“I had been using the CES Sleep [100 Hz] session alternating with the Relief session at various times to see what the effects were. Even though use was not daily or sometimes two or three times a day, depending on pain levels, and variable, by the start of September, I was feeling calmer after each use, and I had also begun dreaming again. On the second morning I began to use the one-hour Sleep session consistently, the edema or water retention started to go down, as evidenced by looser rings, a thinner face, a thinner nose, and being able to feel my bones from my shoulders to my knuckles to my feet. By the third session on, I reduced the morning dose of atenolol (normally 12.5 mg). However, that smaller dose was still too much as it put me to sleep. Overall, night-time sleep was becoming more consistent. By late September, my neck thinned and began to show a normal hollow at the base.

At the end of September, my acupuncturist confirmed that I was significantly less hyperthermic, though still producing some heat. And she noted my mood was elevated; for the first time in over 10 years, I looked happy. She recommended reducing acupuncture frequency….

In October, I had my first hot shower in years; my skin did not react nor did I overheat. Normally, my skin develops hot spots, which turn red and swell up and spread unless I pour cold water on them and moisturize with melaleuca-oil cream. Having a hot shower with no need to cool my skin down was a very big deal.”

Consider Neurostimulation?

I wrote about my hypothesis, methodology, and results behind my permanent improvement in Concussion Is Brain Injury (2017 revised edition). But I couldn’t investigate the cellular mechanism of serotonin depletion. What Wong et al discovered about Long COVID may occur similarly after brain injury. Thus, as other researchers have shown with using neurostimulation for COVID and Long COVID, a novel combination of methods could permanently rewire the brain and heal the gut-brain axis so as to normalize serotonin, melatonin, and other neurotransmitter levels.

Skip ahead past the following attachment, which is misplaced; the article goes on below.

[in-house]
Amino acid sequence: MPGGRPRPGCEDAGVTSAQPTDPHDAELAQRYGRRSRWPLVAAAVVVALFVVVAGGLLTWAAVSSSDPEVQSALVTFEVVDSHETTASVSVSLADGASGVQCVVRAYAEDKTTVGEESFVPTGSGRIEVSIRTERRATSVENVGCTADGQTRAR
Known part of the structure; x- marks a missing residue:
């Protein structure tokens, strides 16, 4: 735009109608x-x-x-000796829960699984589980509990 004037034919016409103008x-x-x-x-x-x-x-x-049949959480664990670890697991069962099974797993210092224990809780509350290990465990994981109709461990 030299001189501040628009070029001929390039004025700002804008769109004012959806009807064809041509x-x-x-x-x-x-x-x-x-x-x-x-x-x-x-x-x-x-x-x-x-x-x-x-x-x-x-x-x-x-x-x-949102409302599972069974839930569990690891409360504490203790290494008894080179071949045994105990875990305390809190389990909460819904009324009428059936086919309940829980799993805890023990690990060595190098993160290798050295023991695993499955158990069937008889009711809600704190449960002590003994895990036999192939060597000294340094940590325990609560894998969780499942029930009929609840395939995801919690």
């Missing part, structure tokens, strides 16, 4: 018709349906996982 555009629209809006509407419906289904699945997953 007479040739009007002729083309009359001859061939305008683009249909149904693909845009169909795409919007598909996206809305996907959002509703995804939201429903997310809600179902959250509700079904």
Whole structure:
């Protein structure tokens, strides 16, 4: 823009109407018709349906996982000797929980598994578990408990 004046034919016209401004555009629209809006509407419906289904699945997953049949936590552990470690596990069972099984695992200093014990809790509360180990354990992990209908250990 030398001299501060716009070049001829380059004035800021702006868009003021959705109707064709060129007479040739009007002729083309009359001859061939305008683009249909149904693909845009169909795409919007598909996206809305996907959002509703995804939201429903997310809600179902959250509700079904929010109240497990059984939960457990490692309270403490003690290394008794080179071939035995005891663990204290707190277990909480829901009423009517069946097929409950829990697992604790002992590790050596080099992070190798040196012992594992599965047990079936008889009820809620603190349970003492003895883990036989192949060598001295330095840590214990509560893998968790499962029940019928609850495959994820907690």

Isn’t it time researchers studied how 100 Hz CES and/or AVE can increase tryptophan metabolites in those with Long COVID and brain injury?

Wong et al wrote, “Deviations from homeostatic concentrations of amino acids can exert profound effects on tissue function. While we focused on serotonin in this study, tryptophan serves as the precursor for many other important metabolites, including niacin, NAD, and melatonin.” Meanwhile Wang et al found in a concurrent study that low levels of taurine, another amino acid, "predicted adverse clinical outcomes" after hospitalization for COVID.

With SARSCoV2 affecting at least two amino acids, it's time clinicians looked towards curing viral-caused brain injury with neurostimulation treatments rather than using medications such as SSRIs that mask symptoms of only one reduced metabolite of one amino acid.

Copyright ©2012-2017-2023 Shireen Anne Jeejeebhoy


Wong, Andrea C., Devason, Ashwarya S., Umana, Iboro C., et al. (2023.) Serotonin reduction in post-acute sequelae of viral infection. Cell.

Shealy, C.N., Cady, R.K., Culver veehoff, D., et al. (1998) Cerebrospinal fluid and plasma neurochemicals: Response to cranial electrical stimulation. J Neuro Orthop Med Surg 18: 94-97.

Marksberry, J. A., & Kirsch, D. L. (2018). Cranial electrotherapy stimulation. In J. J. Magnavita (Ed.), Using technology in mental health practice (pp. 85–100). American Psychological Association.

Wang, Kaiming, Khoramjoo, Mobin, Oudit, Gavin Y., et al. (2023.) Sequential multi-omics analysis identifies clinical phenotypes and predictive biomarkers for long COVID. Cell Reports Medicine.